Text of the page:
Drowned in Sound observed, "Fans of her earlier work will delight in the more direct, piano-driven melodies and orchestral arrangements that dominate the album, as well as the welcomed return of the long neglected harpsichord on several tracks," A mixed review by The Skinny called the album "moderately successful," awarding it 3/5 stars. Slant Magazine gave the album 3/5 stars, citing Winter's Carol, a song from and preview of Amos' upcoming musical adaptation of George MacDonald's The Light Princess, as the standout track: "The song's strong melody and arrangement are reminiscent of something from Under the Pink, bolstering a pagan yarn about the passing of the seasons." On the album as a whole, Slant concluded, "it's an ironic, pleasantly competent oddity." Consequence of Sound gave it four stars out of five and called it "a pleasant and often gorgeous effort," and Internet magazine, PopMatters, cited the album as "Amos’ best work in years." AllMusic was not impressed, however, giving it two-and-a-half stars out of five and stating, "Thanks to some familiar melodies, it can sometimes seem seasonally appropriate, but it always seems purely Tori, who has somehow managed to deliver an easy listening version of all her signatures in one tidy, not so-Christmasy, package."
The Huffington Post concluded, "Tori Amos’ beautiful vocals and recordings range between visions of an orphan looking at delicacies through frosty restaurant windows to dark stories from a worldly soul who’s seen too many mirthless seasons pass. In either case, whether she’s turning around standard carols or adding her own titles to the secular Christmas catalog, Amos is so at home in this wintry environment, she may want to consider permanently keeping Spring at bay." Washington Square News gave the album three-and-a-half out of five stars and said that it "won't be your favorite Tori Amos album, but it will help rekindle the warmth of the excessively commercialized (and Barry Manilow-ified) holiday genre."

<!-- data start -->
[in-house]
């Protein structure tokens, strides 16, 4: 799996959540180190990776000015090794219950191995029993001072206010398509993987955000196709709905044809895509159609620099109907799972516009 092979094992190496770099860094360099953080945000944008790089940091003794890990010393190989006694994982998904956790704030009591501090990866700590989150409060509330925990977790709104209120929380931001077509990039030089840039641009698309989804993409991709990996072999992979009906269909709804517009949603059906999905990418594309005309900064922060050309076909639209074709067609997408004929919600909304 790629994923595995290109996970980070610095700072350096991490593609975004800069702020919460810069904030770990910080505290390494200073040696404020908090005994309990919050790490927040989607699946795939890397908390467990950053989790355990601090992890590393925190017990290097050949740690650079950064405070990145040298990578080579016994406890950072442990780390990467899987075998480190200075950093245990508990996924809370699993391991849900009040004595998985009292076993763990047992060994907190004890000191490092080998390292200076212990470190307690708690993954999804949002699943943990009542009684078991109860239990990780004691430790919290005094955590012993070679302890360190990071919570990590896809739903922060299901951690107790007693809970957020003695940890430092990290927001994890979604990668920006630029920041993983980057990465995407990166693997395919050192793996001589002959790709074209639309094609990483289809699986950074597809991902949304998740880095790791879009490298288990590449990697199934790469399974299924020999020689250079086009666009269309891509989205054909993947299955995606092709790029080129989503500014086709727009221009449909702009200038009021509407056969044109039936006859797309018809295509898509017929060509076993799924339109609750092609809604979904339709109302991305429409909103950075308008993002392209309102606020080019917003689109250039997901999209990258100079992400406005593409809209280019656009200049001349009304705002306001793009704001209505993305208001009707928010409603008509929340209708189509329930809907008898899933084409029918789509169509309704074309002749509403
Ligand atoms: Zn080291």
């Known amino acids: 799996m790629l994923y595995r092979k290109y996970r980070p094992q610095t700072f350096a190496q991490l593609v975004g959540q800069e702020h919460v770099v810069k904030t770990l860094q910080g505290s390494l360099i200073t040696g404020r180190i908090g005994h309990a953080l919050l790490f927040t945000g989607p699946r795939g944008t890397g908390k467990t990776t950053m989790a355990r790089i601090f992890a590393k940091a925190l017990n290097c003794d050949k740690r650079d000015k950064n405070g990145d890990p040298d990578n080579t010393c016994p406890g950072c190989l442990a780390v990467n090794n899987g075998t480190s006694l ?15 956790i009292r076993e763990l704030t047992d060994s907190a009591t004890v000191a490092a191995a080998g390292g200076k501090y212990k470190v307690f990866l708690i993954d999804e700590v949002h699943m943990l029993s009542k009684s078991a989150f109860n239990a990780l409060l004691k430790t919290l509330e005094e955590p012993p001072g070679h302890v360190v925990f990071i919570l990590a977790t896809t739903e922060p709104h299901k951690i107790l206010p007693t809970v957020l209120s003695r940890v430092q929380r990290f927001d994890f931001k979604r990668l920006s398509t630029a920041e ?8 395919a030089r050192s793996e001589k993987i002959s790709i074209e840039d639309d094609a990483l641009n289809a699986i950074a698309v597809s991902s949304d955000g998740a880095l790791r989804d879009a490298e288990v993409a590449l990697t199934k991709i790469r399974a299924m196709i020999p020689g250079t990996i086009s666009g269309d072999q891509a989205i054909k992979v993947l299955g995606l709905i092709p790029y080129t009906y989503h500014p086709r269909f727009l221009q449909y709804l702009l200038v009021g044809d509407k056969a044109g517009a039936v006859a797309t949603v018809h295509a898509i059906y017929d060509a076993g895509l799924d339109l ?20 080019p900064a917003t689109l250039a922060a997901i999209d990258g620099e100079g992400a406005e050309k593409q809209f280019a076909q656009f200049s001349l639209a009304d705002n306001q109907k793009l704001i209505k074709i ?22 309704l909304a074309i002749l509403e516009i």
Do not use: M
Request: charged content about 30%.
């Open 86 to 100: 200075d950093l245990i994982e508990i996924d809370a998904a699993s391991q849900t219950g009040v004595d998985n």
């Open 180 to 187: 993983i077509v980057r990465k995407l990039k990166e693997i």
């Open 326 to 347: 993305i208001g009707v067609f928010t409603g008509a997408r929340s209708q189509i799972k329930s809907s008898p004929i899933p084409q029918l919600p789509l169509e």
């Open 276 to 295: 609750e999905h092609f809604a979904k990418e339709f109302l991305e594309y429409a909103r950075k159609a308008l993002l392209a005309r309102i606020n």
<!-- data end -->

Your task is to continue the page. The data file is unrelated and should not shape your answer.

Midwinter Graces began as a suggestion by Doug Morris, chairman and chief executive officer of Universal Music Group, who, according to Amos, encouraged her to tackle and complete the project at a moment's notice, in March 2009. After a summer of writing original material and rearranging established hymns and carols for the album, Amos, while still on the road for her 2009 world tour, began recording. Portions of the album were recorded in her husband's recording studio, Martian Studios, in Cornwall, England, while other sessions were held in Studio City and Los Angeles, New York, Chicago and Toronto. During interviews for the album, Amos spoke at length about making this album for both her father, a Methodist Priest, and for Morris, a liberal man of the Jewish faith.
In early November 2009, Amos gave an interview for Pride Source Magazine, in which she disclosed the primary reasoning behind the album.
"[My father] wanted me to do this," said Amos. "I think the fact that I didn’t write 'She’s a Hussy, Merry Christmas' will make everybody really happy. There’s no mention of Satan or dancing with Satan or anything like that. There’s nothing disrespectful on this record; it’s really beautiful."
"Doug looked at me," continued Amos, "it was March – and he said, 'I'm 70, and I want you to do this. You can do this. You’ve been doing this your whole life.' He inspired me. He’s been able to have these conversations with me since the mid ’80s. He pushed me to start writing Little Earthquakes, so he’s been in my life for so long. (Before July of last year), I hadn’t seen him for 14 years. And even though he’s 70, he’s as sharp as he ever was.
"He challenges me, and he couldn’t accept that I couldn’t achieve it. He said, 'You can do this. If you don’t have something to do, you’ll lose your mind.' So I thought about it, and one thing led to another."